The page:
Diets high in red and processed meat are linked with an increase of colorectal cancer. The recommendation from the American Institute for Cancer Research (AICR) is to reduce red meat and avoid processed meat.

Are there steps you could take to decrease your risk of colorectal cancer and colorectal cancer recurrence? There sure are and in terms of cancers, colorectal cancer is one of the most researched. Continue to read this blog and I’ll provide you with what you can do to help lower your risk. The research is strong, so by implementing some changes, you can make a big difference in your health.

There’s more good news! Making some small dietary tweaks will not only helpful to prevent colon cancer (and recurrence) but will also help lower your risk for other cancers and chronic diseases and conditions.

Let’s start off by understanding the difference between red and processed meats. Hands down, one of the best marketing campaigns ever is “Pork the Other White Meat.”  Most people believe this to be true, however, pork, along with beef and lamb, is a red meat. A processed meat has been salted, cured, fermented, smoked or has undergone another process to enhance flavor or improve preservation.

Even though red meat and processed meats are typically grouped together, there are different recommendations put forth for them. With regards to cancer, it is important to limit red meat consumption because too much can potentially damage the lining of the colon. Also, certain methods of cooking can produce carcinogens (cancer promoters). *See my blog on grilling for more information.

The recommendation from AICR is to limit red meat consumption to no more than18 oz. cooked per week. Just for a frame of reference, a 3 oz. cooked portion of meat is about the size of a deck of cards. I think this is a very doable recommendation and you’ll probably even fall short of that 18 oz. Unlike red meat, where there is an established threshold not to go above, it’s recommended to avoid processed meats altogether because even small amounts raise your risk for colorectal (and other) cancer. Both red and non-red meats can be processed and some of the cancer-causing mechanisms for processed meats are similar to that of red meat, but also, the “processing process” in and of itself, produces carcinogens.

 

What are Examples of processed meats:

  • Hotdogs
  • Ham
  • Pastrami
  • Pepperoni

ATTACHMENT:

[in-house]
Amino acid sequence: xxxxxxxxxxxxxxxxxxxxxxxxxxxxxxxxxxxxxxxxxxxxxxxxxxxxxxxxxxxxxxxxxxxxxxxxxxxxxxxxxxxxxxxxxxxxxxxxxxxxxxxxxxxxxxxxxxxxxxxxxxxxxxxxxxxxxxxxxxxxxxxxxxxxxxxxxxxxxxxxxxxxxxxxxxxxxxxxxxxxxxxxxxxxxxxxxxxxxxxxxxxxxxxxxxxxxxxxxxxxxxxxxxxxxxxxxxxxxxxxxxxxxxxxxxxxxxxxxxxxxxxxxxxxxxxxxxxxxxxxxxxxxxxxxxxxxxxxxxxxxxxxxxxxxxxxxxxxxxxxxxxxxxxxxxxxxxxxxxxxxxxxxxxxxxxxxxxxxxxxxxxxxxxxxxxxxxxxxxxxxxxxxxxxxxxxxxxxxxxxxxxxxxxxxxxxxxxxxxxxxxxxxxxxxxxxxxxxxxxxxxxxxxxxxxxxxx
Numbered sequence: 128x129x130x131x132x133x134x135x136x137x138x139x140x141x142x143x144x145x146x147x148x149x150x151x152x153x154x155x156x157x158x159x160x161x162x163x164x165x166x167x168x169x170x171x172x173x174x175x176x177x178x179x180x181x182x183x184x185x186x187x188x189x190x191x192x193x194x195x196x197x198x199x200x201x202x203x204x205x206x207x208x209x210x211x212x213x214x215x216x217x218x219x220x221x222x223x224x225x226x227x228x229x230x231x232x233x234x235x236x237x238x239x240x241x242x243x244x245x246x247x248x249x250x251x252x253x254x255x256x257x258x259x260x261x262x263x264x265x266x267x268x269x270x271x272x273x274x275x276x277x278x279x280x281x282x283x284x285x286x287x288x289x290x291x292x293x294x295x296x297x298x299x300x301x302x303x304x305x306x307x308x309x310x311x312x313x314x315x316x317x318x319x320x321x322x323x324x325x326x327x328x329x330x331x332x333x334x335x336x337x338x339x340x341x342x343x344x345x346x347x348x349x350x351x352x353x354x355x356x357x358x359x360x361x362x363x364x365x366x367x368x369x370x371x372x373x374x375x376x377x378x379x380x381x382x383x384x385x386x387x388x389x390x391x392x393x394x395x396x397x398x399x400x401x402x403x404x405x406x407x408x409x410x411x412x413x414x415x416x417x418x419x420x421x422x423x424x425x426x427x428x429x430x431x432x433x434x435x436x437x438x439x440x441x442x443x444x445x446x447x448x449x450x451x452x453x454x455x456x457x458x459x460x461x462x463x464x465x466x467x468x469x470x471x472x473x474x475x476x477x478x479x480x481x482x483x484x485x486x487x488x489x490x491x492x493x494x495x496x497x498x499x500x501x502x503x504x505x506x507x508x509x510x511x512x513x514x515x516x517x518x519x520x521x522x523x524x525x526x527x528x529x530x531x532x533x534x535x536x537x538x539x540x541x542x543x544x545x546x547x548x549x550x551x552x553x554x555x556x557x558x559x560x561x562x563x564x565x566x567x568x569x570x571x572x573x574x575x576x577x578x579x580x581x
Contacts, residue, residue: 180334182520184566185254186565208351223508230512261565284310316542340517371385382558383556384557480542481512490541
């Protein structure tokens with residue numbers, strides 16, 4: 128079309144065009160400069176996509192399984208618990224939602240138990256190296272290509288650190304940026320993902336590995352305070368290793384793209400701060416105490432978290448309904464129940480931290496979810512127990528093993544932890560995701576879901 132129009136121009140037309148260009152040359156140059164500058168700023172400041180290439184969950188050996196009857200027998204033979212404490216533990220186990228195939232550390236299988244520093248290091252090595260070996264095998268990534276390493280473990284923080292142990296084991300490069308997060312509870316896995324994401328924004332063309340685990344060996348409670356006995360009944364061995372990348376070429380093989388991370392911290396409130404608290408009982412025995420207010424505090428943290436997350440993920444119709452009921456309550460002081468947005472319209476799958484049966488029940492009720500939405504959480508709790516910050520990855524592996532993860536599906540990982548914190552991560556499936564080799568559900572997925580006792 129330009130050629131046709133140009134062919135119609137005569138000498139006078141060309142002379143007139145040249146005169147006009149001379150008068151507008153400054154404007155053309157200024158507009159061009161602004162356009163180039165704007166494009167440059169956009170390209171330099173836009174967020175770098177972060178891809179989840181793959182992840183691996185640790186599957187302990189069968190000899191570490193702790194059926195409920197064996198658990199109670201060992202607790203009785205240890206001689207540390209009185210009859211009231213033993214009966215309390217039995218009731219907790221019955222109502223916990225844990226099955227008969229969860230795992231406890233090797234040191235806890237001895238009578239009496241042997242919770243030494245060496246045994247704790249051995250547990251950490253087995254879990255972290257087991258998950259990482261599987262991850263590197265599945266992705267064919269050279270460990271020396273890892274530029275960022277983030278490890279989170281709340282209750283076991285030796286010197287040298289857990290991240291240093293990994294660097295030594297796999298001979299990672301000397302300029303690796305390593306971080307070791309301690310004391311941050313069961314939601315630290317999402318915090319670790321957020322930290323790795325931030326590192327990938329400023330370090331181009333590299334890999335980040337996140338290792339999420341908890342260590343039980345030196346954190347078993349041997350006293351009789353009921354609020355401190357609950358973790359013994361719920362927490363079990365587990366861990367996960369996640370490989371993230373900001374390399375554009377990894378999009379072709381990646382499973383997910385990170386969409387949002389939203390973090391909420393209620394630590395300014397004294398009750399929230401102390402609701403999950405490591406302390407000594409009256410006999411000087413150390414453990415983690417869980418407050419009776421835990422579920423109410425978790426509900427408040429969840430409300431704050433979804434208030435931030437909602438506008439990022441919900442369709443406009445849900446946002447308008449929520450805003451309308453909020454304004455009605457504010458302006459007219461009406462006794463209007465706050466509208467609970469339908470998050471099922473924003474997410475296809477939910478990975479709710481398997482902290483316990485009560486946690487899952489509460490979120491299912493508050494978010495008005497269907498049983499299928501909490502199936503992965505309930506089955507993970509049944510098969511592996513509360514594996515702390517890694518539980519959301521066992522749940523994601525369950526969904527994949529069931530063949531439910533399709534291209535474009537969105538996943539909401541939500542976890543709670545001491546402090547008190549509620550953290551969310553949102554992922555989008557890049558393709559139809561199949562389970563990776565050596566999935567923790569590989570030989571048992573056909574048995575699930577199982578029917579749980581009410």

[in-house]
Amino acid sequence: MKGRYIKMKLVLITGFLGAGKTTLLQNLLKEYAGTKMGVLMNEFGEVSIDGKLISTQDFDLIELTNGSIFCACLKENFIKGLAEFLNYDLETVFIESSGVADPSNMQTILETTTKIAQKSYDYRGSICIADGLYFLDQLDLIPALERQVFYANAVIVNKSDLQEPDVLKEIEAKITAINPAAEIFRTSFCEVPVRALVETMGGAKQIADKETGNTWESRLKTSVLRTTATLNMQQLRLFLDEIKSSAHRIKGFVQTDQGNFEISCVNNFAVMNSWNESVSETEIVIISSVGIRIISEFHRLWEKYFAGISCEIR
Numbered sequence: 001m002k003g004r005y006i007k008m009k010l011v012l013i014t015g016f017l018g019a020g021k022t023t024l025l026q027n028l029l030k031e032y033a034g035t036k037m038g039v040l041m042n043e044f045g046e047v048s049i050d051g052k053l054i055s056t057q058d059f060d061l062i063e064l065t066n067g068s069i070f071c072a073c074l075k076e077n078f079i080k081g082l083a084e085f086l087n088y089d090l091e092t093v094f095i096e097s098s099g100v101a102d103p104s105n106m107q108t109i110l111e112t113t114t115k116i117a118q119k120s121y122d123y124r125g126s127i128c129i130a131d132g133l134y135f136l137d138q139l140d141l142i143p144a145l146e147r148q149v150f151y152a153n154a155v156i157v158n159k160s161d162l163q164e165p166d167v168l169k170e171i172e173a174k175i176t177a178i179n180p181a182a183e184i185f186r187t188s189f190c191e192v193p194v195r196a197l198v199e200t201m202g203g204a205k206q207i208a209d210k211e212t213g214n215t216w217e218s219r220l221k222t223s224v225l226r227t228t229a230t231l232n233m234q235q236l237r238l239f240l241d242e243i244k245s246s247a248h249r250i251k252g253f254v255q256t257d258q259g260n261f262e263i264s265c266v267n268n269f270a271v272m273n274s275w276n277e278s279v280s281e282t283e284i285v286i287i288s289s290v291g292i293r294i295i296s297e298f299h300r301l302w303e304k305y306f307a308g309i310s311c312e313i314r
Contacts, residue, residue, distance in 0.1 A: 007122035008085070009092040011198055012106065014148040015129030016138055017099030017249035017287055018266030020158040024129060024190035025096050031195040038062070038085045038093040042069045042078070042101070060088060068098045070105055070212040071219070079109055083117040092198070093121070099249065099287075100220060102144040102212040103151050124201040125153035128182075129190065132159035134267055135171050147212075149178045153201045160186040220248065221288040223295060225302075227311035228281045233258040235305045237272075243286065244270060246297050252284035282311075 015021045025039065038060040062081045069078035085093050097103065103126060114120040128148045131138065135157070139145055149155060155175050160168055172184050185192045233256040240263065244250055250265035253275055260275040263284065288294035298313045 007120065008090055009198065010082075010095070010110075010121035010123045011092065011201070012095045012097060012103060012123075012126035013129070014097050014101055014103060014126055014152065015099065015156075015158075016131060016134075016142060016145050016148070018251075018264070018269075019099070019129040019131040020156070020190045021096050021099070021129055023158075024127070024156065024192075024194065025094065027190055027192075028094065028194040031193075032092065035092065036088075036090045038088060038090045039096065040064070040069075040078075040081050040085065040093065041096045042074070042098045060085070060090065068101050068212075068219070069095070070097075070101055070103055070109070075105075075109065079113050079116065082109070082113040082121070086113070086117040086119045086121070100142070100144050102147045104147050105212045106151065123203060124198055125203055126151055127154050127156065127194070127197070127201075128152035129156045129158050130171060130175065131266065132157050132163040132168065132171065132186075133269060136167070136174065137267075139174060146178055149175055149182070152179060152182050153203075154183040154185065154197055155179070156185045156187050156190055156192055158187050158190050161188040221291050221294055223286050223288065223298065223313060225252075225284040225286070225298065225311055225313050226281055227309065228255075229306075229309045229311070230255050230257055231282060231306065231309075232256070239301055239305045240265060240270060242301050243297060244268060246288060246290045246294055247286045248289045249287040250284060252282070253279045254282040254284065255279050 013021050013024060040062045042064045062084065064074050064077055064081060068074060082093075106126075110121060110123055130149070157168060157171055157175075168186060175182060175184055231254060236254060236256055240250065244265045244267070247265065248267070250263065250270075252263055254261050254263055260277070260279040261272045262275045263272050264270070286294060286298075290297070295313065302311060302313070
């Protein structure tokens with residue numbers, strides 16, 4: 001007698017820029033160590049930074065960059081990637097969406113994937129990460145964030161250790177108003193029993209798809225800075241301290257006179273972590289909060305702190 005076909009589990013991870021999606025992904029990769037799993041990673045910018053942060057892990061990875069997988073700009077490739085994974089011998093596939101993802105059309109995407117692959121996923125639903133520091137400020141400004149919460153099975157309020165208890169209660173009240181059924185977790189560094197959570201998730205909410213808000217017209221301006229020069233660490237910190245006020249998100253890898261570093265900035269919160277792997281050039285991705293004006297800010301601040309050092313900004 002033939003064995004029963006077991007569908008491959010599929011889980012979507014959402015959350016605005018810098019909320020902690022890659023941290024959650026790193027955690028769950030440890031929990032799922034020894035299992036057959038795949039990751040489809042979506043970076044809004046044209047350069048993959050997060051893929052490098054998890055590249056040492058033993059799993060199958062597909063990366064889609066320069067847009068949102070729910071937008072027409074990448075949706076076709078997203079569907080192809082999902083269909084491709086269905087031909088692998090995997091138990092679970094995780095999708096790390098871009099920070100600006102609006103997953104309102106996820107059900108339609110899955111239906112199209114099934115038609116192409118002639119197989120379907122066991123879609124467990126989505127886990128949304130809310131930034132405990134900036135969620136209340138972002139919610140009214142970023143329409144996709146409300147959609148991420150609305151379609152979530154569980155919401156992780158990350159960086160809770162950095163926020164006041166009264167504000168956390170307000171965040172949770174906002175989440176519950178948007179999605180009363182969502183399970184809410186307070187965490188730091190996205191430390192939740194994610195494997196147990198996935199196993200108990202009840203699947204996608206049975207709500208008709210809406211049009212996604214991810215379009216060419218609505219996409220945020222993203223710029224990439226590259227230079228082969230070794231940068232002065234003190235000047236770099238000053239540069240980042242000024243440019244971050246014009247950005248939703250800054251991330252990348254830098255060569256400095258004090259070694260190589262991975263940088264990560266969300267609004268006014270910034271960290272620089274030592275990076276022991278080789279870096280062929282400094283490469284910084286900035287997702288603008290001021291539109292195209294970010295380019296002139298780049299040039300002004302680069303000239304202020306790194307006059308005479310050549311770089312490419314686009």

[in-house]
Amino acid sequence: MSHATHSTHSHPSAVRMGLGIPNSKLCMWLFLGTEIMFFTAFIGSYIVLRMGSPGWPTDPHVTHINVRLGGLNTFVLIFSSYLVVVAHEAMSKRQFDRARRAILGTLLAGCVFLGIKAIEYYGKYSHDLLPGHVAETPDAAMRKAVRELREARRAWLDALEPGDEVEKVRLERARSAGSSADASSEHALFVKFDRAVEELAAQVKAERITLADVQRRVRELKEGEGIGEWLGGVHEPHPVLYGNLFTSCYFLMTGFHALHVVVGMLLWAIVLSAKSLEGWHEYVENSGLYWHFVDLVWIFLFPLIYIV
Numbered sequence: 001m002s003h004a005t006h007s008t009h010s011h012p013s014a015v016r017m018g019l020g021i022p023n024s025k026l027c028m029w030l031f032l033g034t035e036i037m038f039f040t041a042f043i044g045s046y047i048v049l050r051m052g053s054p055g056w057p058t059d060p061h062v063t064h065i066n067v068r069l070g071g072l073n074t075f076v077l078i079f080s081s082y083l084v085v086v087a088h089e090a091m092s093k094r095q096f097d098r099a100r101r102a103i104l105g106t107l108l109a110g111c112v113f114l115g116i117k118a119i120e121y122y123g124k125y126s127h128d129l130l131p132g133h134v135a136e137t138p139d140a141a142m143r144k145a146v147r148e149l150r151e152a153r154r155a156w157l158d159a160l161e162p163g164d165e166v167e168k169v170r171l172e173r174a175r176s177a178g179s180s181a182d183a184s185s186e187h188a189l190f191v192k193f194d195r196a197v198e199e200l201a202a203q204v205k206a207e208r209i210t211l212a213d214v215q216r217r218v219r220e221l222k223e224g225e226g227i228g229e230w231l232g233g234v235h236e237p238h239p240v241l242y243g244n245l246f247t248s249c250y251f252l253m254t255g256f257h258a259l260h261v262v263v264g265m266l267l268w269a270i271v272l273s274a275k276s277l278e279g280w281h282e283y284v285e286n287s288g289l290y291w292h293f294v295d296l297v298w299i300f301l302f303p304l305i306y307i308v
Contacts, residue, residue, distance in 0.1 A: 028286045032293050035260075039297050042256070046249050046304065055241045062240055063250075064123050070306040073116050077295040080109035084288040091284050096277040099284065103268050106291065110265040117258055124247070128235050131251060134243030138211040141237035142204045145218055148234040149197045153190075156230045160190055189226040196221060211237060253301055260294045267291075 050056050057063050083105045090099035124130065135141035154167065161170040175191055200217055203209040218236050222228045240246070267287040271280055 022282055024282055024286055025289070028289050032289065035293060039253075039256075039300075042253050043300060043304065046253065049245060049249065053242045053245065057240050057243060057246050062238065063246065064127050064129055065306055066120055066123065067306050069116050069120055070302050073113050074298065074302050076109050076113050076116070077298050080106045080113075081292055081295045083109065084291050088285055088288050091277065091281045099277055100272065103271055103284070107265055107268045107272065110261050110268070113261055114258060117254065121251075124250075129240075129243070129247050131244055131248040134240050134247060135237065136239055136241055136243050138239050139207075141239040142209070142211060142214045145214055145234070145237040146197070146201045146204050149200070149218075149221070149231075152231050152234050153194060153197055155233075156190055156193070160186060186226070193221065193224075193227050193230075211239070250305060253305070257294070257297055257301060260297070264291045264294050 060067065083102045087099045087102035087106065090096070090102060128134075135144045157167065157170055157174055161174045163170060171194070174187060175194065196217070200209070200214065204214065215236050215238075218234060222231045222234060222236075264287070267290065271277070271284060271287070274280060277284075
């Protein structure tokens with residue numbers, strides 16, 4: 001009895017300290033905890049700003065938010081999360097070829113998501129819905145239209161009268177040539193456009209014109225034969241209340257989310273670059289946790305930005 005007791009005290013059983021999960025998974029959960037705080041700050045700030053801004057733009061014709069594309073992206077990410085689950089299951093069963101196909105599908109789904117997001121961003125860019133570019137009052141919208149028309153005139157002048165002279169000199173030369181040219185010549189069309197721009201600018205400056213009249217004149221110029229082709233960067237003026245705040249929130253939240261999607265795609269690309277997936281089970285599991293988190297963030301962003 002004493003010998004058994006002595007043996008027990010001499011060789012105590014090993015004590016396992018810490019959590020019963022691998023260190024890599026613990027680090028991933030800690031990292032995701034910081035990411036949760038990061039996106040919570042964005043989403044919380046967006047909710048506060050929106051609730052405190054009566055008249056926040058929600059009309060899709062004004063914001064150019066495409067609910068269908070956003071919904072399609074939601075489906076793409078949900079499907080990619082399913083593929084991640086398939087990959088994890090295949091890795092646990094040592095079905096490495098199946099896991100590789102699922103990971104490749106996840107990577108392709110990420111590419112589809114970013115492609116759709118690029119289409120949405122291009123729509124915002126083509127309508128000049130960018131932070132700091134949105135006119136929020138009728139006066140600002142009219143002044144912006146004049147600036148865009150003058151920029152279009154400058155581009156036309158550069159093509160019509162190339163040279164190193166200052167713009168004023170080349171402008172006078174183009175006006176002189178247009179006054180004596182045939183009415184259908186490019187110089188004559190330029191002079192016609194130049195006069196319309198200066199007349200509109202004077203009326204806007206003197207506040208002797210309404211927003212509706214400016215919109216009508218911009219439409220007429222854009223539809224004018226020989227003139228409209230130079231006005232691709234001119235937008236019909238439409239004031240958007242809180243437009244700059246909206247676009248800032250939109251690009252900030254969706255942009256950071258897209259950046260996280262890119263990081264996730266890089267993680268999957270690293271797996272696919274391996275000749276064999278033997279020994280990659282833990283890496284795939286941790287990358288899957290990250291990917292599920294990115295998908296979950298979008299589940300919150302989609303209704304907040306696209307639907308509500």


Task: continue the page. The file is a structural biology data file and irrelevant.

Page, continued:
• Bacon
  • Sausage
  • Bologna
  • Jerky meats

To lower your risk of colorectal cancer:

  • Decrease red and processed meats.
  • Be as lean possible without being underweight.
  • Increase amount of fruits and vegetables in your diet.
  • Use high fiber foods to replace read and processed meats.
  • Eat whole grains instead of processed grains.
  • Significantly decrease or eliminate alcohol.

Ideas to start the process:

  • Initiate meatless Mondays on more than just Mondays.
  • Grill vegetables and fruits (plant foods don’t produce carcinogens from cooking.
  • Order fish or opt for fresh turkey or chicken in a restaurant.
  • Be open to trying some protein alternatives such as tofu, nuts, nut butters, beans, lentils or eggs.

My thoughts:

Everything comes back to a long-term daily eating pattern. Should you never have a hotdog at a baseball game or a delicious tasty pastrami on rye at a family gathering? No! It’s important to enjoy life and enjoy food. Indulge once in a while, but very sparingly with processed meats. If you have baseball season tickets, don’t have a hotdog at each game and, if you decide to indulge, skip the ice-cream!

Side thought:

Keep in mind that the benefits of healthy foods can be dulled by including too many non-healthy foods along with the healthy ones. Just something to think about if your shaved Brussels sprouts is loaded with cheese and bacon! The more healthy foods you consume, the greater the beneficial health impact will be.
I’d love to hear from you so please share any meatless meal tips you have!

Wendy Kaplan, MS, RDN, CDN is a registered dietitian nutritionist specializing in oncology and weight management in Long Island and in the New York City area. Wendy is the Nutrition Program Director for Mondays at Racine Cancer Care Foundation, a 501c3. Connect with Wendy on FacebookInstagram, and Twitter and read more of her blog posts and download recipes at Food4HealthRD.com

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